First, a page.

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Commission halts sale of child-sized products

TRI-COUNTY AREA—While the change in accepted lead levels in products aimed at children was mainly for toys, it has also affected motorcycle dealers in the area.
According to the U.S. Consumer Product Safety Commission, as of Feb. 10, consumer products meant for children age 12 and under cannot have more than 600 parts per million of lead in any accessible parts. For area motorcycle shops this has meant they had to pull child-sized ATVs and dirt bikes from their floors.
Malcolm Lane, owner of Lane’s Yamaha in Watkins Glen, said they have to wait for Yamaha to do testing on parts before they can sell the two models of youth dirt bikes, TT-R50 and TW 50, they put into storage. The testing is part of the CPSC’s new regulations. According to their Web site, manufacturers have one year to do testing. While no youth ATVs or dirt bikes have been recalled, the CPSC said they may take that step with any product above the lead limits.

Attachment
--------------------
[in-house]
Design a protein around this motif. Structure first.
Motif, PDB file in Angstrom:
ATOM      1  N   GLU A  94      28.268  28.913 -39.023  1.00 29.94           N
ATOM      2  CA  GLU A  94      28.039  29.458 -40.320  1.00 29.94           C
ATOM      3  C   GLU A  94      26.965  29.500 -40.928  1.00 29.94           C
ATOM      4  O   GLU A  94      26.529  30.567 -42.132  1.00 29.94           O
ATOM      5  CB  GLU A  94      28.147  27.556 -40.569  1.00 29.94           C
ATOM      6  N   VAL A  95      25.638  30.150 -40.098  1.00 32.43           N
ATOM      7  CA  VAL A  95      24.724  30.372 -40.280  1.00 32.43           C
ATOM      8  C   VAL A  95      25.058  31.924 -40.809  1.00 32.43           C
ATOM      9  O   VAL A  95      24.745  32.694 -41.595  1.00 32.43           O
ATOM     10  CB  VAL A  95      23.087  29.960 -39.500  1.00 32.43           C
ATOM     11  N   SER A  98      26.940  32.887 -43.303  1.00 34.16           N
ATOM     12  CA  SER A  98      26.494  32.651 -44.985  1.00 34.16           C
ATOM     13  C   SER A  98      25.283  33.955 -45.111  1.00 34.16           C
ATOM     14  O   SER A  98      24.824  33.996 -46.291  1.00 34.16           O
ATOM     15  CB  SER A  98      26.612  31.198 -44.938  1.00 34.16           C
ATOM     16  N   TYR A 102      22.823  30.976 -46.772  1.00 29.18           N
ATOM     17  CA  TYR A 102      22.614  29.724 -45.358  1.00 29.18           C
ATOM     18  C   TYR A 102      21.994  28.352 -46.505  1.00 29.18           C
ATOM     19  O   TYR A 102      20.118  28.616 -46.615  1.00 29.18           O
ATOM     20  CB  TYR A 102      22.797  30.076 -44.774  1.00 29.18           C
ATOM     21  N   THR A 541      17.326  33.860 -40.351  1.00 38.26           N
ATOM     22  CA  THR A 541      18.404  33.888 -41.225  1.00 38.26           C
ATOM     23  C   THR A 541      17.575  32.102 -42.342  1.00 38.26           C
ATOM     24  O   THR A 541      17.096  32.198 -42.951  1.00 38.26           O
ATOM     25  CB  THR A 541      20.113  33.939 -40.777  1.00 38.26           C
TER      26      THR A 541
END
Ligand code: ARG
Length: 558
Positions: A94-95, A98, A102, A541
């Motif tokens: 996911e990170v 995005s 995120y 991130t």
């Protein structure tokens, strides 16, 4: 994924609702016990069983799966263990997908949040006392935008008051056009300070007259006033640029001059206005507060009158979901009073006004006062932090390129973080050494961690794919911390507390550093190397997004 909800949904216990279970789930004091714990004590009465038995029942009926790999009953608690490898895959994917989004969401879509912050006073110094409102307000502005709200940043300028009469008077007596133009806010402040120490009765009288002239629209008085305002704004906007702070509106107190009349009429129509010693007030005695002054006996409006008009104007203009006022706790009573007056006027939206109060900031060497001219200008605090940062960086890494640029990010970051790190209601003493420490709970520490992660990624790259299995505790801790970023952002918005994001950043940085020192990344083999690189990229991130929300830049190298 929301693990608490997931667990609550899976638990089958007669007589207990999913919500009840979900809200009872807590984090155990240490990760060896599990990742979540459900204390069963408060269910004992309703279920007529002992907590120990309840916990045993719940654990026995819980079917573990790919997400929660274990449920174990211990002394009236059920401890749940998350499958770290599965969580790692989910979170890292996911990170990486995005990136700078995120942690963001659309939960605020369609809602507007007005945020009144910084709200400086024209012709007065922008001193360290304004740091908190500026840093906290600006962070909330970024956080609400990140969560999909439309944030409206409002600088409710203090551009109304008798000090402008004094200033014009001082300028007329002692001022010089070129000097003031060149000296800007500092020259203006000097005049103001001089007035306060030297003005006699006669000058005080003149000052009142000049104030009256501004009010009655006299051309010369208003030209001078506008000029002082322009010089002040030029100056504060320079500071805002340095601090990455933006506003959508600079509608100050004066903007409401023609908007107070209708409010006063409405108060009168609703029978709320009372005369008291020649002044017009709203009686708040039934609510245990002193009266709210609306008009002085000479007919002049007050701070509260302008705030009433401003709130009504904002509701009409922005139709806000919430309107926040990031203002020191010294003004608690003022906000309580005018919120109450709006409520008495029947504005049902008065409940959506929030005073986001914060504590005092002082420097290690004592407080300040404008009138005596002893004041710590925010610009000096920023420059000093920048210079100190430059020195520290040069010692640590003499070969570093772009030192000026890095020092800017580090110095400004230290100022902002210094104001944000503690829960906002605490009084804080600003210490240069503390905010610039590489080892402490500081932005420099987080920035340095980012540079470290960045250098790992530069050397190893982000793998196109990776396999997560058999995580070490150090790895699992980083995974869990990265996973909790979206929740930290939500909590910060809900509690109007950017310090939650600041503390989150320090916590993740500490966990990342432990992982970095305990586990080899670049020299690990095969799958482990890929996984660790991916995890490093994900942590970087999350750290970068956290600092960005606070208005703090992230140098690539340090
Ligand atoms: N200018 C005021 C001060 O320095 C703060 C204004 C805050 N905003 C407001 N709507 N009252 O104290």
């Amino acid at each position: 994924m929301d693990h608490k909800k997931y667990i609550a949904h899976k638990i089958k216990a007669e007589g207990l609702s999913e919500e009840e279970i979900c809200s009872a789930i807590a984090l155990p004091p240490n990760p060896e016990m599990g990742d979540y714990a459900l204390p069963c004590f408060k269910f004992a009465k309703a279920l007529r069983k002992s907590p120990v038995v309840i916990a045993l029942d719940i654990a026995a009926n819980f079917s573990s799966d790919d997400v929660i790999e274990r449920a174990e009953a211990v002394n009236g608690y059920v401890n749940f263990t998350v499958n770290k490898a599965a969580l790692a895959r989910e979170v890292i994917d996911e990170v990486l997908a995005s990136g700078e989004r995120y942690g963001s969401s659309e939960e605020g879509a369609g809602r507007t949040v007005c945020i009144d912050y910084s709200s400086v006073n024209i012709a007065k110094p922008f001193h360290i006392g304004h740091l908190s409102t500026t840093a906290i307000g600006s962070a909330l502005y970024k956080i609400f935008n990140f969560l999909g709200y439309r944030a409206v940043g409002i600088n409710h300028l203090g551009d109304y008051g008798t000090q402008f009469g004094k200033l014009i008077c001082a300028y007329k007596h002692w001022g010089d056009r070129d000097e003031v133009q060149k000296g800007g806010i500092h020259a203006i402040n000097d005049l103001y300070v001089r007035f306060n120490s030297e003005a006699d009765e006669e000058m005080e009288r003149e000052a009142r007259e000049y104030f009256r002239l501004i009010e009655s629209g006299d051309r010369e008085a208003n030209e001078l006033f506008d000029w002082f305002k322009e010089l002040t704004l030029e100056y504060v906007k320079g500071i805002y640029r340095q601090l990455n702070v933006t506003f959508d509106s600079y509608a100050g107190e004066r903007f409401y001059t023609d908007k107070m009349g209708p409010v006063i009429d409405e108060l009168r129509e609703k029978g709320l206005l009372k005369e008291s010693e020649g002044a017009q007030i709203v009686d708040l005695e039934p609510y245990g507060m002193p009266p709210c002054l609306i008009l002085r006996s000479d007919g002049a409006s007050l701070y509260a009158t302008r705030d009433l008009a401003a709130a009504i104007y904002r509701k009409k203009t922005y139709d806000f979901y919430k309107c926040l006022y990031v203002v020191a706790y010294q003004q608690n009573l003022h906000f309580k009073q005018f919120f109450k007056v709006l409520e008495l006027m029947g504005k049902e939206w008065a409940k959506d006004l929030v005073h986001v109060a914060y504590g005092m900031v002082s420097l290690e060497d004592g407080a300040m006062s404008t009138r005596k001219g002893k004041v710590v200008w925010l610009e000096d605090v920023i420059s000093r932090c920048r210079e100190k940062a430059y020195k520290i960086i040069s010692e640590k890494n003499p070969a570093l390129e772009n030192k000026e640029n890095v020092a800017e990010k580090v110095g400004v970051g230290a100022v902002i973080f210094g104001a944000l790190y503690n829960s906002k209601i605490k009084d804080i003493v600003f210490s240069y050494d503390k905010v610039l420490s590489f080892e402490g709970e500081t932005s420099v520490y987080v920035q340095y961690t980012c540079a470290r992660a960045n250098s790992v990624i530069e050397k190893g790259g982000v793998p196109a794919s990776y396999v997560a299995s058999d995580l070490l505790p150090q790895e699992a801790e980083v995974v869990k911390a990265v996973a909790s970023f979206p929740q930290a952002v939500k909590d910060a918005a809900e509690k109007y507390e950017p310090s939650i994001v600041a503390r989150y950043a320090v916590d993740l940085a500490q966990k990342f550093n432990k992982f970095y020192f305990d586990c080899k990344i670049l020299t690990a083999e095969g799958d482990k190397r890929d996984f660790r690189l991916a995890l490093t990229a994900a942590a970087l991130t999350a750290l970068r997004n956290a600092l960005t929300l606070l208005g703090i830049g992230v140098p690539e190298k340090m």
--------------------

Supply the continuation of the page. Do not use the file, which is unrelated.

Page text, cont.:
Terry’s Small Engine Sales in Dundee sells Polaris brand and had to pull the ATV they had on the floor. Stephanie Berge said Polaris assured them their products complied with the new lead levels, but they too need to do testing.
She added that they cannot order any new pieces as part of the commission’s new rules because those parts may also contain more than the allowed level of lead. Berge explained they do not normally replace external pieces anyway. However, the ban also applies to internal parts. Lane said while they could not replace any internal or paneled pieces, they could still do tune-ups.
According to the CPSC, if someone had knowledge the products they were selling or distributing had above the lead limit, they could be prosecuted. Their Web site also states that the CPSC may accept a manufacturer’s determination that a part containing over the lead limits is sufficiently inaccessible within the product. They list paint, as well as other coatings, and electroplating as insufficient barriers.
“It will affect business,” said Lane.

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